Q: Where do I find an expert?

Q: Where do I find an expert?

A: In a niche, inside a niche, inside a niche

When we launched Highbrook, we canvassed the opinions of marketing heads at financial, tech and professional services brands – the sort of companies we hoped to have as clients. We asked them about their current agencies – what was working well and what was not.

What they told us did not make for happy listening. Indeed, we blush when contemplating how we’d feel if people spoke like this about us.

The first issue that emerged was about competence. The individuals being presented as financial services experts by agency project managers and account handlers turned out to be nothing of the sort.

They struggled to understand even the most basic concepts about investing, business finance, insurance and cryptocurrency. And it wasn’t just the writers; the people charged with scripting video and animation were equally uninformed.

Um, can I get back to you on that?

So how can marketing departments avoid generalists and attract the relevant experts? Well, some people regard finance as a niche, but in fact it has niches within niches within niches. Someone who’s knowledgeable about mainstream consumer money issues won’t necessarily understand stacked area charts, for example.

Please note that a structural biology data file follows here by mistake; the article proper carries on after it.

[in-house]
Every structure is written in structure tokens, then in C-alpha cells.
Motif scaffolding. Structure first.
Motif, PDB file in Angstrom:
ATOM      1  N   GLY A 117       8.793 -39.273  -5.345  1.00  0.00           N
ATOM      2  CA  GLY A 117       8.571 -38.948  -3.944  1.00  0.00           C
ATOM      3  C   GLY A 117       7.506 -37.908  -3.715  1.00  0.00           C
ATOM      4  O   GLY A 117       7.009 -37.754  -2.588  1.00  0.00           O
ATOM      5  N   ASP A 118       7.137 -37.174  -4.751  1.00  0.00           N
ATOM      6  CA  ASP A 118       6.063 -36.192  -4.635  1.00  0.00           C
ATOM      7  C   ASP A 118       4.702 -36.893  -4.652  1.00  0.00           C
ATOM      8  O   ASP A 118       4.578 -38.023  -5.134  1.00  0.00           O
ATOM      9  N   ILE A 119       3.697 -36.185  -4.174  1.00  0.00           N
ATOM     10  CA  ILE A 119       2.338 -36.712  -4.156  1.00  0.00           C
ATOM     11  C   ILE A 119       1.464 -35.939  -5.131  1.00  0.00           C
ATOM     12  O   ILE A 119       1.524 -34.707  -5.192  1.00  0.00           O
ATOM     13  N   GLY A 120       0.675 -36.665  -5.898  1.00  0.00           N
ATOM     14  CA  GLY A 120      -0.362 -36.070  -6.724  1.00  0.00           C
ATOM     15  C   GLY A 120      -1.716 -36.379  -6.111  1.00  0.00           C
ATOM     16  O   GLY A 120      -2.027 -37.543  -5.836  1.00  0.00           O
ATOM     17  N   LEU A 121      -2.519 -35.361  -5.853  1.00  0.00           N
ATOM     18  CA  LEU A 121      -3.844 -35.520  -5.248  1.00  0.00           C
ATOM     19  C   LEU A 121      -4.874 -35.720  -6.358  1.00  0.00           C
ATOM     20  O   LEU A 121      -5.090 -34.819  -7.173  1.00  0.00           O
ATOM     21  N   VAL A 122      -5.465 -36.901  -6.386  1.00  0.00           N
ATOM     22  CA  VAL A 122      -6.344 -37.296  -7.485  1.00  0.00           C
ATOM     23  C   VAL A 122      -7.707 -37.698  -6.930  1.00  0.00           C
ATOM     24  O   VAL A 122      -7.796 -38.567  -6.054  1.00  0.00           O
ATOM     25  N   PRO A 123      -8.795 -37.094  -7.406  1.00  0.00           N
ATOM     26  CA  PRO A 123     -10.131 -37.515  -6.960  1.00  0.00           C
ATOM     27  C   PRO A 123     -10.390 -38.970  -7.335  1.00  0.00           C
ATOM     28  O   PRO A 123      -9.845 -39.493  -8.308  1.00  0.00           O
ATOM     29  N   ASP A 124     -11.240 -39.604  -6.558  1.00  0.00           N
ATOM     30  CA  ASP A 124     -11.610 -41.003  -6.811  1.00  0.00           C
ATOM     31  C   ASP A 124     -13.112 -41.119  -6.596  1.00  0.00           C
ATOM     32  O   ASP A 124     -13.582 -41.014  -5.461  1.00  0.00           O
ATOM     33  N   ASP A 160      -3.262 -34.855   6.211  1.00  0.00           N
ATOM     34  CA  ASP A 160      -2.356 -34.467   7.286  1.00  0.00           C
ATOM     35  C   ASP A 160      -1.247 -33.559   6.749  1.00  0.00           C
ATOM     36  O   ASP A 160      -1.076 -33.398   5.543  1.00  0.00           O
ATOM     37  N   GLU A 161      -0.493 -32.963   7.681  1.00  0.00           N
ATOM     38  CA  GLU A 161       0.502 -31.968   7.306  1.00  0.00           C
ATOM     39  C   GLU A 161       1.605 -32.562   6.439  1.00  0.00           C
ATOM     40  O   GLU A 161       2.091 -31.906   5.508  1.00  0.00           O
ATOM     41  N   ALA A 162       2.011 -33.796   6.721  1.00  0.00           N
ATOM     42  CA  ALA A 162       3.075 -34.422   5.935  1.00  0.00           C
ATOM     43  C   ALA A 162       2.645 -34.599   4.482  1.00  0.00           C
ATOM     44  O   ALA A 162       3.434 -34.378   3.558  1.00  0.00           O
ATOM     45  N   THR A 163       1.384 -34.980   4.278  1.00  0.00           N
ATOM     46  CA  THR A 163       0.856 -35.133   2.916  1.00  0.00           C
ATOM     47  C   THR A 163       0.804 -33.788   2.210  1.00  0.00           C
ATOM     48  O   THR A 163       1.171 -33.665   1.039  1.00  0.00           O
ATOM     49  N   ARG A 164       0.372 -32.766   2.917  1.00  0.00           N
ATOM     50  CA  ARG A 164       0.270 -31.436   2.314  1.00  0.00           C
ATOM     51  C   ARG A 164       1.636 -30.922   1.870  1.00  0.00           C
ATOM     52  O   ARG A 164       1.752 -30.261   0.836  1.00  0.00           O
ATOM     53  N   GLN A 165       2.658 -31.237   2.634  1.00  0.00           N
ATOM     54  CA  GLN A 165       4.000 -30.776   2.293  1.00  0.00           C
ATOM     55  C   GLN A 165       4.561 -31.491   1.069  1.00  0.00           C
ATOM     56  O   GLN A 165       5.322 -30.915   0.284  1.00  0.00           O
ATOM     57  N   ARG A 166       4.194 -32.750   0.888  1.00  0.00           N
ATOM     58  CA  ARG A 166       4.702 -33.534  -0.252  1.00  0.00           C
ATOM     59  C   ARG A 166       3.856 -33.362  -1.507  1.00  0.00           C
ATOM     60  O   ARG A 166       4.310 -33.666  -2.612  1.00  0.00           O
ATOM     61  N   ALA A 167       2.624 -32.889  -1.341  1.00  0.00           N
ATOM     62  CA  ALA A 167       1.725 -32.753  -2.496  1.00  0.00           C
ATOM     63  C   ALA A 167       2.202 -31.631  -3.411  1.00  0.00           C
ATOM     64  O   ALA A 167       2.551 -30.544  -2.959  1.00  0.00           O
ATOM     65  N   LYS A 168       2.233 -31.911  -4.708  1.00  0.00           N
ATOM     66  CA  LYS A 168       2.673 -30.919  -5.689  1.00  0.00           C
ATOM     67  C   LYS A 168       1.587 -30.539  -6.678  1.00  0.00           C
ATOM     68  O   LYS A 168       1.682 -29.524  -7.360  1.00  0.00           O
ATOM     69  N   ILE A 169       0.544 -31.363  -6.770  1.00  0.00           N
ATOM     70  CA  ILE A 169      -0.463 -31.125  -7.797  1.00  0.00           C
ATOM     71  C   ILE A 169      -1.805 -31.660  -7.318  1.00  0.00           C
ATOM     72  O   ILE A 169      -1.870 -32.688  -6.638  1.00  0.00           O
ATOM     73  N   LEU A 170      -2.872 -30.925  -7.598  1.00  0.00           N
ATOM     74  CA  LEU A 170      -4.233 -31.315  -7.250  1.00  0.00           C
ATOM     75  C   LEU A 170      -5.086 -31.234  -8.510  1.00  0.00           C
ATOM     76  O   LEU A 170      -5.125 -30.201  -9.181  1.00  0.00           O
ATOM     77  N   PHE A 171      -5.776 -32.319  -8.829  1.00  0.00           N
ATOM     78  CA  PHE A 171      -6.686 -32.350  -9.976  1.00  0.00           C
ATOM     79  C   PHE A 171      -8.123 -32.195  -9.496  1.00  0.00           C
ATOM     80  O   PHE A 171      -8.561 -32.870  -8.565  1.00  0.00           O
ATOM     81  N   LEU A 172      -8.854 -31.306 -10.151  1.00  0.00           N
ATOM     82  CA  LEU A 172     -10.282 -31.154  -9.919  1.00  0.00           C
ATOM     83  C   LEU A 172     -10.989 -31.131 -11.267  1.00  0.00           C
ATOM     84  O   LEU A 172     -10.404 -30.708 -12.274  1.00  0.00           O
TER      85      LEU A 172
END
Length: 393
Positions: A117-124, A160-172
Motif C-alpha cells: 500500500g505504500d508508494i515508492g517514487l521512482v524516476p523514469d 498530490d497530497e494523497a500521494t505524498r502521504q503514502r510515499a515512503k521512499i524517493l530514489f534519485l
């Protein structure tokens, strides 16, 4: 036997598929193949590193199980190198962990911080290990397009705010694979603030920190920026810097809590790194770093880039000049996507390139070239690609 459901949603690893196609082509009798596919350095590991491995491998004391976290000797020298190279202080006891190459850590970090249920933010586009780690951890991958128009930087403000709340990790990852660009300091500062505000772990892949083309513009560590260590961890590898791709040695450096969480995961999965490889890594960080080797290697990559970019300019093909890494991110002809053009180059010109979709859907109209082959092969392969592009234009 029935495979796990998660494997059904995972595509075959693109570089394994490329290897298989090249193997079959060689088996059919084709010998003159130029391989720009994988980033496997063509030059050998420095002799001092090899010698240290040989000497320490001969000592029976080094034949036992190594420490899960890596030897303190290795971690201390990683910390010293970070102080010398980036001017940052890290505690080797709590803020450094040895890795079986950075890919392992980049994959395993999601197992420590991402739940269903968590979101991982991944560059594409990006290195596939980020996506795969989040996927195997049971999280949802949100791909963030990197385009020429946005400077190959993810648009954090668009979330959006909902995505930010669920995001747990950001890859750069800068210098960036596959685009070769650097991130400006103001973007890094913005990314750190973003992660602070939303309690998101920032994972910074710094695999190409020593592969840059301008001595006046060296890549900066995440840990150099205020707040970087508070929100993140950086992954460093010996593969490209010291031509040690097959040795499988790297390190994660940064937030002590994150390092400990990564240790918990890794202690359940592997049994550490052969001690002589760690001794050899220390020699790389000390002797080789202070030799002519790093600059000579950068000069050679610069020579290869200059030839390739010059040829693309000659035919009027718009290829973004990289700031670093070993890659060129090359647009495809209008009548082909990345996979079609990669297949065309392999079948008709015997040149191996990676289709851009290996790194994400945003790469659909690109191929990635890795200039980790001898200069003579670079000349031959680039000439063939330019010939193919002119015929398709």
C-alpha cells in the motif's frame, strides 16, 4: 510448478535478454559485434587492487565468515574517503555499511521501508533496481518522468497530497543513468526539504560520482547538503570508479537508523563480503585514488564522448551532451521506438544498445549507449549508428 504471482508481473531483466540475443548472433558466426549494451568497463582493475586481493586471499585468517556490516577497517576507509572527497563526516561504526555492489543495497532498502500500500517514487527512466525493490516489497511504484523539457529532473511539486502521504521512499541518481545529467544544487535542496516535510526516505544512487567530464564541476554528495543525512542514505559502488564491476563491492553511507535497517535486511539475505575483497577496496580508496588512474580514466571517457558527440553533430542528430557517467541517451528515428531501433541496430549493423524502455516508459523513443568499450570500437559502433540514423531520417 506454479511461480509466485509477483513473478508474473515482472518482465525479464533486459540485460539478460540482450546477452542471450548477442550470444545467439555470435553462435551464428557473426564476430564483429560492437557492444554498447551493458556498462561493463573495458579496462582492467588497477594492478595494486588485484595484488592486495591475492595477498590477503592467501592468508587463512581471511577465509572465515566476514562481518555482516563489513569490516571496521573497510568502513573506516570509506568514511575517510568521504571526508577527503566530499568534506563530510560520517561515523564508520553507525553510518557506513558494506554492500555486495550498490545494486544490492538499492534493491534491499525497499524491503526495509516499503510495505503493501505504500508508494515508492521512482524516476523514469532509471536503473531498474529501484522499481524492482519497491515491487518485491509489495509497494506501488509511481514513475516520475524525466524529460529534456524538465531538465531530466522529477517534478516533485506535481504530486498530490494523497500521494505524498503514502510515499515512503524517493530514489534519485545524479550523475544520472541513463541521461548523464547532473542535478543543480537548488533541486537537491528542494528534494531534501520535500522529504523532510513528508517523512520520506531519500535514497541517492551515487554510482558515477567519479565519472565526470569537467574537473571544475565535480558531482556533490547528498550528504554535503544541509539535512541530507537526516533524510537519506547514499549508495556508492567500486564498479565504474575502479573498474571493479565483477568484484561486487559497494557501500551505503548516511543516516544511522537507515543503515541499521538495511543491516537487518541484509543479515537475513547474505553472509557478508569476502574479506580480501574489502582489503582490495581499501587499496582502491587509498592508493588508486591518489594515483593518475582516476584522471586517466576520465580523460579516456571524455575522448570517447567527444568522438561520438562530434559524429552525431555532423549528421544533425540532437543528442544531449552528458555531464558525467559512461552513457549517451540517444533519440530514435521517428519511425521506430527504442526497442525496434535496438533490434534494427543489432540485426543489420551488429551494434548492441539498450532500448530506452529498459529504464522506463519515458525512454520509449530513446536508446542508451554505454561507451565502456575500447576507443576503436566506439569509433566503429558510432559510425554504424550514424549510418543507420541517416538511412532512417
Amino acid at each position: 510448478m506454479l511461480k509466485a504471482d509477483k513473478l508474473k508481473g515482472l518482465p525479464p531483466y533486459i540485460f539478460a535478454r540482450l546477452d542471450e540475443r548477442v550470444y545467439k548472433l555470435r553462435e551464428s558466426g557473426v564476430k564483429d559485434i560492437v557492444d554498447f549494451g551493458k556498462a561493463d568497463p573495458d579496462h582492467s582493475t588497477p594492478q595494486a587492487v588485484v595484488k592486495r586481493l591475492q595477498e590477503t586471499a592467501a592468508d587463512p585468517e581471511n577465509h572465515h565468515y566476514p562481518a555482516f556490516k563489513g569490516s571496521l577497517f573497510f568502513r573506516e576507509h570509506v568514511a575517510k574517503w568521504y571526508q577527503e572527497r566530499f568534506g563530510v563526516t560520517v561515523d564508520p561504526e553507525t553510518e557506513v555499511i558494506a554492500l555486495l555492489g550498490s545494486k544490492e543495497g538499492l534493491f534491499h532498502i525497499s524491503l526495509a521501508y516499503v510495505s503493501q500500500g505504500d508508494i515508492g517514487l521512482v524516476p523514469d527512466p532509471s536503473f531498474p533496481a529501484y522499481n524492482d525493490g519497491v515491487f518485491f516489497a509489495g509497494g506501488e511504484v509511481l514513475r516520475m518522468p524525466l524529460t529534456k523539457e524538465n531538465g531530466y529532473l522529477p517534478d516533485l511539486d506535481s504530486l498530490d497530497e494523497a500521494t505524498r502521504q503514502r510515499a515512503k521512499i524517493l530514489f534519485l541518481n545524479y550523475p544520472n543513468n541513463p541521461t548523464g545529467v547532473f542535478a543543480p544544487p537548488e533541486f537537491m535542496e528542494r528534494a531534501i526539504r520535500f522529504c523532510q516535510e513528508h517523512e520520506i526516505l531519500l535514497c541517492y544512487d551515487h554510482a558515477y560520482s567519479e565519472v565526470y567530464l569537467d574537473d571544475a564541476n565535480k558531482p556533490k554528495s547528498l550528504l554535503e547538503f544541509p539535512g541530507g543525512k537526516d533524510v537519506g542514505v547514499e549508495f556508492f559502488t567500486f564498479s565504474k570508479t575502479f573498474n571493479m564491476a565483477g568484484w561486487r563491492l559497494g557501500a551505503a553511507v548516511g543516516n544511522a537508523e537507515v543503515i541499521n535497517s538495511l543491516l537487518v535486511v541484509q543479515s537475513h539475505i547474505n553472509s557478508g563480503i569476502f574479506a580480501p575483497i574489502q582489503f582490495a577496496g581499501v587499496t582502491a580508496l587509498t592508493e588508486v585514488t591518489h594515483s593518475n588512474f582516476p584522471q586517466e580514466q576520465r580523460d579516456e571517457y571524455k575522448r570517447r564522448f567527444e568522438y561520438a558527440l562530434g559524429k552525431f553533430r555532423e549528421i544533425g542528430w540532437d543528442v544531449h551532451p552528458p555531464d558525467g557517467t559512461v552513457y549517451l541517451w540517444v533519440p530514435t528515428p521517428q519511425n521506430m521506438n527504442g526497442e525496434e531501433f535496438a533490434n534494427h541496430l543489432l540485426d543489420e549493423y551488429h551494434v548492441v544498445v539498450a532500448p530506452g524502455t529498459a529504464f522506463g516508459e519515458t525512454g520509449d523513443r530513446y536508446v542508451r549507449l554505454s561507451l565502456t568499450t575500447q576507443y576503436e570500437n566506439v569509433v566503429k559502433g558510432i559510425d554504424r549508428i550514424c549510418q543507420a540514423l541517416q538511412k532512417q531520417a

Part of the problem lies in the way in which agency services are purchased. The received wisdom is to go for scale because it buys fewer risks, and that means it’s less likely a big agency will go bust while holding client money. But it’s unlikely that agencies will be holding on to large sums of money – retainers don’t work like that these days.

Stress-test your chosen agency’s knowledge

Don’t assume the expertise is there. It most likely isn’t. You will no doubt meet some brilliant salespeople, strategists and account directors, but the average creative in an agency is unlikely to have a grounding in economics or business.

Don’t be afraid to test prospective agencies on their knowledge. We certainly do when we hire. What’s more, we give our people further training, as do a number of reputable financial services agencies. Ask the agency you’re considering hiring what they’re doing to make sure their people stay abreast of ever-changing finance and technology.

Meet our team of experts

Alternatively, you could hire us. Our writers offer a wealth of experience and expertise in the aforementioned niches.

Rosie Murray-West covers all aspects of personal finance, as well as business, property and economics. She was named Financial Freelance Journalist of the Year (runner-up) in 2015 by Santander, and won the Santander Award for Personal Finance Education in 2011.

A former Financial Times executive, Andrew Davis has been associate editor and investment columnist on Prospect magazine since April 2011.

Tamsin Brown worked in HSBC’s corporate publishing team for six years. She also spent 12 years as a financial journalist, writing on a range of subjects including pensions, investments and business news.

Elena Berton spent several years as a financial reporter for Dow Jones Newswires, The Wall Street Journal and Reuters, covering business sectors, macroeconomics and political affairs.

Marianne Curphey is an award-winning personal finance journalist who writes about money, investments, insurance, pensions and family finance.

Contrary to what Michael Gove once said, the people of this country haven’t had enough of experts. But make sure you hire the right kind of experts, because they will become your trusted sources.

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